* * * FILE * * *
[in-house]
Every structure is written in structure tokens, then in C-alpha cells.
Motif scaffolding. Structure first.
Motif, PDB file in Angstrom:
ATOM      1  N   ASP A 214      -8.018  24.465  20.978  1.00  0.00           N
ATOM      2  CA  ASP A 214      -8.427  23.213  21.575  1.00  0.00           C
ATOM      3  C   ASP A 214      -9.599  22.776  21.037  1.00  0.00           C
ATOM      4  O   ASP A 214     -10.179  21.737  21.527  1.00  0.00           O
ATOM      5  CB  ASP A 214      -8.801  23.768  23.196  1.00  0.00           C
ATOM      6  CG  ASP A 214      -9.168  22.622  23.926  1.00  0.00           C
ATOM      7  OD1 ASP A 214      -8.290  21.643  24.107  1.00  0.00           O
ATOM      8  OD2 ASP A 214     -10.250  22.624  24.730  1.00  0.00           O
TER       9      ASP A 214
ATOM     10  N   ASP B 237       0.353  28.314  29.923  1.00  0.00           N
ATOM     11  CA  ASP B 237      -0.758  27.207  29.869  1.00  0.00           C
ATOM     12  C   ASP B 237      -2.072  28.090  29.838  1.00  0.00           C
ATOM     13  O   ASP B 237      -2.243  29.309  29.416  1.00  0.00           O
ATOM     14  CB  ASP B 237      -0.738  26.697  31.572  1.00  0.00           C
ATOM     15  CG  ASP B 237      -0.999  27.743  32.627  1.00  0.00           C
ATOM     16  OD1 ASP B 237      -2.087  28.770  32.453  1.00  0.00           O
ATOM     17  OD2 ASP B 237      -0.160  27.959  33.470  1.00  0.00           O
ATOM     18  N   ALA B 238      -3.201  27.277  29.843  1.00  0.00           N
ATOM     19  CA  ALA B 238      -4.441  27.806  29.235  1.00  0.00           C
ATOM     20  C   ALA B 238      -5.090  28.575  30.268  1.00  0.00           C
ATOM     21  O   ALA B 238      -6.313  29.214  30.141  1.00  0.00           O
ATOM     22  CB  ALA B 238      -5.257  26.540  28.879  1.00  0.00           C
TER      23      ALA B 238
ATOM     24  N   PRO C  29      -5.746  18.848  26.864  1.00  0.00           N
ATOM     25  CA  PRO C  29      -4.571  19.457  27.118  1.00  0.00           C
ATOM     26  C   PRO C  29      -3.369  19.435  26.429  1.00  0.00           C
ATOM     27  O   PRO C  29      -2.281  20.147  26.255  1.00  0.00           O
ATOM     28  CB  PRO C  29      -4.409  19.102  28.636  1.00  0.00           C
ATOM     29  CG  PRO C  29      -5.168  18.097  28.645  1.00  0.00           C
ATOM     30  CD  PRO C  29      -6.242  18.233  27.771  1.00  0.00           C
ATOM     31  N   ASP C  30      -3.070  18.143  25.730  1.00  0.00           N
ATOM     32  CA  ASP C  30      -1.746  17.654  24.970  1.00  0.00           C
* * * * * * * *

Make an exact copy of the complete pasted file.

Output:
[in-house]
Every structure is written in structure tokens, then in C-alpha cells.
Motif scaffolding. Structure first.
Motif, PDB file in Angstrom:
ATOM      1  N   ASP A 214      -8.018  24.465  20.978  1.00  0.00           N
ATOM      2  CA  ASP A 214      -8.427  23.213  21.575  1.00  0.00           C
ATOM      3  C   ASP A 214      -9.599  22.776  21.037  1.00  0.00           C
ATOM      4  O   ASP A 214     -10.179  21.737  21.527  1.00  0.00           O
ATOM      5  CB  ASP A 214      -8.801  23.768  23.196  1.00  0.00           C
ATOM      6  CG  ASP A 214      -9.168  22.622  23.926  1.00  0.00           C
ATOM      7  OD1 ASP A 214      -8.290  21.643  24.107  1.00  0.00           O
ATOM      8  OD2 ASP A 214     -10.250  22.624  24.730  1.00  0.00           O
TER       9      ASP A 214
ATOM     10  N   ASP B 237       0.353  28.314  29.923  1.00  0.00           N
ATOM     11  CA  ASP B 237      -0.758  27.207  29.869  1.00  0.00           C
ATOM     12  C   ASP B 237      -2.072  28.090  29.838  1.00  0.00           C
ATOM     13  O   ASP B 237      -2.243  29.309  29.416  1.00  0.00           O
ATOM     14  CB  ASP B 237      -0.738  26.697  31.572  1.00  0.00           C
ATOM     15  CG  ASP B 237      -0.999  27.743  32.627  1.00  0.00           C
ATOM     16  OD1 ASP B 237      -2.087  28.770  32.453  1.00  0.00           O
ATOM     17  OD2 ASP B 237      -0.160  27.959  33.470  1.00  0.00           O
ATOM     18  N   ALA B 238      -3.201  27.277  29.843  1.00  0.00           N
ATOM     19  CA  ALA B 238      -4.441  27.806  29.235  1.00  0.00           C
ATOM     20  C   ALA B 238      -5.090  28.575  30.268  1.00  0.00           C
ATOM     21  O   ALA B 238      -6.313  29.214  30.141  1.00  0.00           O
ATOM     22  CB  ALA B 238      -5.257  26.540  28.879  1.00  0.00           C
TER      23      ALA B 238
ATOM     24  N   PRO C  29      -5.746  18.848  26.864  1.00  0.00           N
ATOM     25  CA  PRO C  29      -4.571  19.457  27.118  1.00  0.00           C
ATOM     26  C   PRO C  29      -3.369  19.435  26.429  1.00  0.00           C
ATOM     27  O   PRO C  29      -2.281  20.147  26.255  1.00  0.00           O
ATOM     28  CB  PRO C  29      -4.409  19.102  28.636  1.00  0.00           C
ATOM     29  CG  PRO C  29      -5.168  18.097  28.645  1.00  0.00           C
ATOM     30  CD  PRO C  29      -6.242  18.233  27.771  1.00  0.00           C
ATOM     31  N   ASP C  30      -3.070  18.143  25.730  1.00  0.00           N
ATOM     32  CA  ASP C  30      -1.746  17.654  24.970  1.00  0.00           C